The 2008 season was off to a great start when Team Mercury began to hold its own set of weekly workshops to teach new members the value of teamwork and gracious professionalism, as well as the various parts of the robot. Team 1089 invited Team Nemesis, 2590, to these meetings to help organize an FRC Team in Robbinsville.
In addition to having a strategic edge for build season from pre-season workshops, 1089 was designed a fully function robot for the 2008 game, FIRST Overdrive, able to hurdle trackballs and place the ball on top of the overpass at the end of each round. Though valuable seniors graduated, their efforts were not forgotten when many rising sophomores took over their project groups during the summer, beginning with attempting to host an FRC event with Team 25.
Team Mercury began the 2007 build season like any other, drawing up possible robot designs and thinking about the game in various ways. This process ended with the creation of a robot that successfully competed in the 2007 game, Rack ‘n’ Roll, by placing tubes on the rack at all three levels due to strategic programming.
Additionally, the team submitted for the Chairman’s Award and were successful in delivering a strong presentation. 1089 also tried to start an FLL team at the local middle school, but failed due to a lack of support. The team’s successes inspired many freshmen the following season to commit themselves to the ideals of FIRST and thus this was a very successful season.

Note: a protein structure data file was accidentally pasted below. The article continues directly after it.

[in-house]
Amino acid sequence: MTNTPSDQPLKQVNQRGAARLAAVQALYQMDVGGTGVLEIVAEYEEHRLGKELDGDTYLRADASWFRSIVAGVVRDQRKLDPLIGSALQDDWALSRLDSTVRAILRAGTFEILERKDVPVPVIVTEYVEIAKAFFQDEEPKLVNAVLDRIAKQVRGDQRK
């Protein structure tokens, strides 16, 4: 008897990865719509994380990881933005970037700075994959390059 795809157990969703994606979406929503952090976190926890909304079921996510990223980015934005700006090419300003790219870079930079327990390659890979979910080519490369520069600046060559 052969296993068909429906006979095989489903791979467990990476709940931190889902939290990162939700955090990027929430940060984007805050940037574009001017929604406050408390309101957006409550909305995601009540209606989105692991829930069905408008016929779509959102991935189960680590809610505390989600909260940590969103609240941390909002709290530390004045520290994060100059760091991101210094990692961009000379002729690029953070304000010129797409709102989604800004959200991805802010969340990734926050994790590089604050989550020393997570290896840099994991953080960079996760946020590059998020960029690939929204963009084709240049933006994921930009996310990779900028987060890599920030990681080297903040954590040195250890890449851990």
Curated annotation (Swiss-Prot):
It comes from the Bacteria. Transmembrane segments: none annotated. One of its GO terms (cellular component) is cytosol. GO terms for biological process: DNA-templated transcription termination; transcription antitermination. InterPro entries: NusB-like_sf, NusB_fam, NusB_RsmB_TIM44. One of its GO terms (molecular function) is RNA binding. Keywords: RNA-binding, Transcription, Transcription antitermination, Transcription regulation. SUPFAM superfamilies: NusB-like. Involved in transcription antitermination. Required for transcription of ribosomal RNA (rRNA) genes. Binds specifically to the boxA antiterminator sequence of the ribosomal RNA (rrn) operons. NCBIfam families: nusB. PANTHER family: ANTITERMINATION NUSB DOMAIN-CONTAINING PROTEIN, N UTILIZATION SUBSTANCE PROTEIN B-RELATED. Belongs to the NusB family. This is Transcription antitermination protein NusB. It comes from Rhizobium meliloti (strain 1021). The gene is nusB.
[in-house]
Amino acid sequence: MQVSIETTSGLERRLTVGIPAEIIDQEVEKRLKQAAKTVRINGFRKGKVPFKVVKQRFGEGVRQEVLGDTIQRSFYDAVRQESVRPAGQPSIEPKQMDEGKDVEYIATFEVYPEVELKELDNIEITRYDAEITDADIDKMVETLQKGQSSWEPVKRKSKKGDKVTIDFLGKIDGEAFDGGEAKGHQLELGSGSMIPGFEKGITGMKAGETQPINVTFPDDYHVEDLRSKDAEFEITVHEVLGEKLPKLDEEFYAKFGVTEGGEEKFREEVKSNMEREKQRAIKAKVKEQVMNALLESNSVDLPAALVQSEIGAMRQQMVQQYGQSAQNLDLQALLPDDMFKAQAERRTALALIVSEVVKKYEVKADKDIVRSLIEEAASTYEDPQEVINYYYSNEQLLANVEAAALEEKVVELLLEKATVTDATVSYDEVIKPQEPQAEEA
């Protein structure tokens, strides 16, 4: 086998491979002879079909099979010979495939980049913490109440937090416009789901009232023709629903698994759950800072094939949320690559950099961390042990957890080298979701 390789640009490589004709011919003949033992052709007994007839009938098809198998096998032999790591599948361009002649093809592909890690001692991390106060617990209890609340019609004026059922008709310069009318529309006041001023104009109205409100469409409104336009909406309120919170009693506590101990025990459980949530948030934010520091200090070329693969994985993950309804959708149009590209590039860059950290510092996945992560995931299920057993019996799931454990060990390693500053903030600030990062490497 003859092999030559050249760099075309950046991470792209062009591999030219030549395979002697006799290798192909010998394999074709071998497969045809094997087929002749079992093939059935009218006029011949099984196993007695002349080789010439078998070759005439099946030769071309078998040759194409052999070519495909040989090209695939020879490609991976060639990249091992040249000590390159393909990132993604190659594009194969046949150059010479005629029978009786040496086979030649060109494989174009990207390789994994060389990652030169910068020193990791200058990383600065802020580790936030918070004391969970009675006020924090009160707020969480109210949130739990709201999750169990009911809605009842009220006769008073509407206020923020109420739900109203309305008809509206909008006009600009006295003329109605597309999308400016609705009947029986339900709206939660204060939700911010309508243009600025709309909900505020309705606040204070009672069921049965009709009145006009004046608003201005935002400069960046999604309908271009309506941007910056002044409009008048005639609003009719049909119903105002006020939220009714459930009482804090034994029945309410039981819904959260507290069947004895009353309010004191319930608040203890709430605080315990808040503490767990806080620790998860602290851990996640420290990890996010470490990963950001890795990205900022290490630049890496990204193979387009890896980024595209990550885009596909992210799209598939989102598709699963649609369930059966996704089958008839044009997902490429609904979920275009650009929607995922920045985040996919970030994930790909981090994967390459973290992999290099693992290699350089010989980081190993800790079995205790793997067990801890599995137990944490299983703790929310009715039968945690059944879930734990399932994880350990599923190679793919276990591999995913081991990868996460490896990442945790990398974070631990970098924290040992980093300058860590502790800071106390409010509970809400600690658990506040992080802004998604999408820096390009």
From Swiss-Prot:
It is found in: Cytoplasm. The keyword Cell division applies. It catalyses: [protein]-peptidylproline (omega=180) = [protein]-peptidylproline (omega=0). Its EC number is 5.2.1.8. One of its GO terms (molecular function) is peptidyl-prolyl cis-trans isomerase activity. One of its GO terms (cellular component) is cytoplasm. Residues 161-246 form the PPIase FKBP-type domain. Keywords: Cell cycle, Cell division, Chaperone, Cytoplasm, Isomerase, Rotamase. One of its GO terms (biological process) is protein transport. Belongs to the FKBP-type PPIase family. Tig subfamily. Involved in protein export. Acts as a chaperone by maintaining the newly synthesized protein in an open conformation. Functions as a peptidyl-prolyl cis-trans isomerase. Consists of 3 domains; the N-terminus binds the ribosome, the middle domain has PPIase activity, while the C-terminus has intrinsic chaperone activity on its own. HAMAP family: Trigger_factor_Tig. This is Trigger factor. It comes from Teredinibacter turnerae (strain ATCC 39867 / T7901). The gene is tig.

As the end of the 2005 season closed, Team Mercury objectively analyzed their strengths and weaknesses to improve team organization. As a result, a committee system was established and a chairperson led each committee. These committees were set up to create a focused working environment but overall became unsuccessful due to a lack of leadership. Though these odds were stacked against them, Team Mercury was able to claim the 2006 Best Website Award and Johnson & Johnson Sportsmanship Award at the New Jersey Regional!
The year’s robot, “Silver Lightning”, was successful at shooting balls and scoring during the Aim High season. This robot went on to win Monty Madness, an off-season event hosted by Team 1403, Cougar Robotics. In addition, 1089 assisted in starting multiple teams in the surrounding communities and even attempted to host an FLL scrimmage to promote involvement in the FIRST program to team members and the community at large.